6. Oooo I almost forgot! How could I forget Google and Instagram. Researching what I was going through helped me to stay sane and reading how others were managing by reading their Instagram posts was an incredible eye-opener.

It encouraged me to share my journey on Instagram too.

My Learnings

1. After reading up more about EDS, I have come to realise that when the 9 year old flexible me who did gymnastics complained of knee pains which were dismissed as growing pains was actually a sign that I could be a Hypermobile-EDS patient.

Just the fact that I was so bendy should’ve been sign enough when I complained of pains all throughout my life… but sigh… wasn’t to be. It took for me to end up unable to stand and in a wheelchair for us to get there.

So the learning here is for doctors – don’t be dismissive – don’t look for the easiest diagnosis – look beyond especially if your current treatment is failing.

2. As a patient – If your diagnosis isn’t feeling right, trust your instincts and question it. You live with yourself 24 hours of the day – you know what you’re going through – don’t dismiss it – trust it.

3. Allow the doctor to complete their investigations, but ask what’s on their mind.

4. If the doctor is seeming unhelpful – change the doctor. You don’t need to see someone who is forgetting to treat you like a human being.

5. Know what medicines you are taking and why.

6. And finally be acknowledging and grateful towards those who are helping you, those who are on your side. Also, a good pep-talk to yourself also goes a long way.

That’s it from my journey. If you would like to share yours then you can comment below or why not share through a guest post? You can email me on [email protected] and we can discuss this further.

Thank you for reading… take care 🙂

If you’re a social media person, then you can follow me on Instagram, Twitter, Facebook, Pinterest or YouTube.

I have a podcast too. You can check them out here along with their transcripts or if you don’t wanna read them then they’re available on Spotify and Apple Podcasts too.


Disclaimer: I am not a medical professional. I am a patient and have created this platform to share my experiences. This is all purely informative and in no way am I providing medical advice. Please consult a medical professional. 

4 thoughts on “My Journey: Being Diagnosed with Ehlers-Danlos Syndrome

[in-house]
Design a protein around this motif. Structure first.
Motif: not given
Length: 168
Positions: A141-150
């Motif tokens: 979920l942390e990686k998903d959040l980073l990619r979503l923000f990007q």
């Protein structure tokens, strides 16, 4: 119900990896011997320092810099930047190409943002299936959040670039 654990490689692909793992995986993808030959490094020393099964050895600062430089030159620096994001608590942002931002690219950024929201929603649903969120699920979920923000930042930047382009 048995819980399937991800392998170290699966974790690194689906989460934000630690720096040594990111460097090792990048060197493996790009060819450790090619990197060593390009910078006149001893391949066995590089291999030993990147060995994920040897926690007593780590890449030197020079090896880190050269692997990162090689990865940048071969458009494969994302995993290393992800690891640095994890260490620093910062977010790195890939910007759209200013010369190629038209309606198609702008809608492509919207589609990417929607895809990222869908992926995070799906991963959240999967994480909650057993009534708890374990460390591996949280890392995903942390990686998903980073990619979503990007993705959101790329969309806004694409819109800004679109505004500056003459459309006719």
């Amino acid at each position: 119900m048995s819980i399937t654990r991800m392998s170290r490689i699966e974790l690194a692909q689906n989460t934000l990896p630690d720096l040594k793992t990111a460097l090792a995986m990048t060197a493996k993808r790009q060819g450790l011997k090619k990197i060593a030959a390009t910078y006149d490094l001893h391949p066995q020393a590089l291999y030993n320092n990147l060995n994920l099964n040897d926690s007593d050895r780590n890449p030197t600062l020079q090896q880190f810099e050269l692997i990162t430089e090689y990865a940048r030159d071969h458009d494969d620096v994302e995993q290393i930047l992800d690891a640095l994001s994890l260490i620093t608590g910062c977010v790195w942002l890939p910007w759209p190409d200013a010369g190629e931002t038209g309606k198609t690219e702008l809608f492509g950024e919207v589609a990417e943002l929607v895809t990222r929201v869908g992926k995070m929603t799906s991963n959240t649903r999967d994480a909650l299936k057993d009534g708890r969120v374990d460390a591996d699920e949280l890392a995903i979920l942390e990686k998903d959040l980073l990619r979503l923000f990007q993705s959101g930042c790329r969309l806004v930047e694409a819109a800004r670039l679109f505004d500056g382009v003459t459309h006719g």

1. There seem to be so many similarities between AS and EDS. Reading through your story, now I know why EDS is always in the back of my head. A lot of crossover. I also did gymnastics at a young age and with severe spinal damage, I can still do things that a lot of folks can’t do. The flexibility is still there, but docs here haven’t discussed EDS with me. I’m learning with you with each post! Thank you for being so thorough! My friend’s 14 year old daughter was just diagnosed, so I’ve sent her your site details.

    1. Hi Carrie! I did gymnastics in school too! (now I’m wondering if I’ve mentioned that in this post of mine – I doubt though). I loved playing sport and being very active, which changed with my endometriosis issues at age 11.

      It’s so interesting to know how similar your symptoms have been yet you haven’t been considered for EDS. But that’s what they say with EDS – it may not be a rare disease, it’s just rarely diagnosed. Thank you for taking the time out to read what I put out. I’m really glad it’s fulfilling its objective of being helpful.

      Thank you for referring your friend – I’ve received her comment on one of my posts and I will reply to her in detail. I will do whatever possible to give her any information that I have that could help her daughter. It’s definitely not a nice feeling to get sick when you’re so young with so much yet to understand (although it’s not nice to be unwell at any age). Fingers crossed things do get better for her.

      A big hug for your kindness and support. xx

  2. Loved your story. It took me 3 years to get diagnosed after a coexisting fibromyalgia diagnosis as well. One night at work, I felt a sharp pain in my abdomen and found out a major ligament holding my uterus in place ruptured. My gyn said all the surrounding ligaments disintegrated while trying to be cut. Turns out, my uncle has it, my sister and 3 of my 4 children have it as well. I was wondering…where did you get that awesome sweatshirt? My whole family has issues with our tissues

    1. Hi Kathy, experiencing everything that you have done must’ve been so scary. I’m so sure the problem with EDS is that it’s not that it’s rare but rarely diagnosed. I hope you’re able to now manage your EDS?

      O’ and the sweatshirt – check out this link: